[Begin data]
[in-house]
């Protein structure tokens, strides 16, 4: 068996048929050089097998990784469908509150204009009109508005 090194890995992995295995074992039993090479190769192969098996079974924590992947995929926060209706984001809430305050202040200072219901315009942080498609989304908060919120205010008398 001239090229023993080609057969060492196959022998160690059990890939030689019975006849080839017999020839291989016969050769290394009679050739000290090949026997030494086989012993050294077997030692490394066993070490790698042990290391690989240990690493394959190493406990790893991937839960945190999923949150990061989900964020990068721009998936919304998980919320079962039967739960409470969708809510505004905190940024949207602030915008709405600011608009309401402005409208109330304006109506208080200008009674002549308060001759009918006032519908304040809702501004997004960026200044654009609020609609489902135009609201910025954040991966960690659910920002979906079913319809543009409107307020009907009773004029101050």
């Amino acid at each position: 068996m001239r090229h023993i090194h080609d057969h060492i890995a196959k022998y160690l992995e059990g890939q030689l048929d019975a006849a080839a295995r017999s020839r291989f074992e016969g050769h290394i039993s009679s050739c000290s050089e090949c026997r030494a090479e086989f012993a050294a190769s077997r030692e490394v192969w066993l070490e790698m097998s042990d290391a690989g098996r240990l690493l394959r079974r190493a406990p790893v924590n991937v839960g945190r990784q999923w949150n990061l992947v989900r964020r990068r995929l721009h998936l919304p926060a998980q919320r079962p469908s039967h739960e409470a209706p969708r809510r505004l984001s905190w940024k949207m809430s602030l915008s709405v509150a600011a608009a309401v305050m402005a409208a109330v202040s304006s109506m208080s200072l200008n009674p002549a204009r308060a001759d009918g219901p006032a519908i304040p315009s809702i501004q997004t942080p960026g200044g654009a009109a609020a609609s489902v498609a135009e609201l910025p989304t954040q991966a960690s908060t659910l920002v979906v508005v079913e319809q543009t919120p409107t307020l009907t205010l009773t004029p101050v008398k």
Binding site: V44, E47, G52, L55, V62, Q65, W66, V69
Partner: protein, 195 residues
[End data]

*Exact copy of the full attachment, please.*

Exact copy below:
[in-house]
């Protein structure tokens, strides 16, 4: 068996048929050089097998990784469908509150204009009109508005 090194890995992995295995074992039993090479190769192969098996079974924590992947995929926060209706984001809430305050202040200072219901315009942080498609989304908060919120205010008398 001239090229023993080609057969060492196959022998160690059990890939030689019975006849080839017999020839291989016969050769290394009679050739000290090949026997030494086989012993050294077997030692490394066993070490790698042990290391690989240990690493394959190493406990790893991937839960945190999923949150990061989900964020990068721009998936919304998980919320079962039967739960409470969708809510505004905190940024949207602030915008709405600011608009309401402005409208109330304006109506208080200008009674002549308060001759009918006032519908304040809702501004997004960026200044654009609020609609489902135009609201910025954040991966960690659910920002979906079913319809543009409107307020009907009773004029101050």
């Amino acid at each position: 068996m001239r090229h023993i090194h080609d057969h060492i890995a196959k022998y160690l992995e059990g890939q030689l048929d019975a006849a080839a295995r017999s020839r291989f074992e016969g050769h290394i039993s009679s050739c000290s050089e090949c026997r030494a090479e086989f012993a050294a190769s077997r030692e490394v192969w066993l070490e790698m097998s042990d290391a690989g098996r240990l690493l394959r079974r190493a406990p790893v924590n991937v839960g945190r990784q999923w949150n990061l992947v989900r964020r990068r995929l721009h998936l919304p926060a998980q919320r079962p469908s039967h739960e409470a209706p969708r809510r505004l984001s905190w940024k949207m809430s602030l915008s709405v509150a600011a608009a309401v305050m402005a409208a109330v202040s304006s109506m208080s200072l200008n009674p002549a204009r308060a001759d009918g219901p006032a519908i304040p315009s809702i501004q997004t942080p960026g200044g654009a009109a609020a609609s489902v498609a135009e609201l910025p989304t954040q991966a960690s908060t659910l920002v979906v508005v079913e319809q543009t919120p409107t307020l009907t205010l009773t004029p101050v008398k």
Binding site: V44, E47, G52, L55, V62, Q65, W66, V69
Partner: protein, 195 residues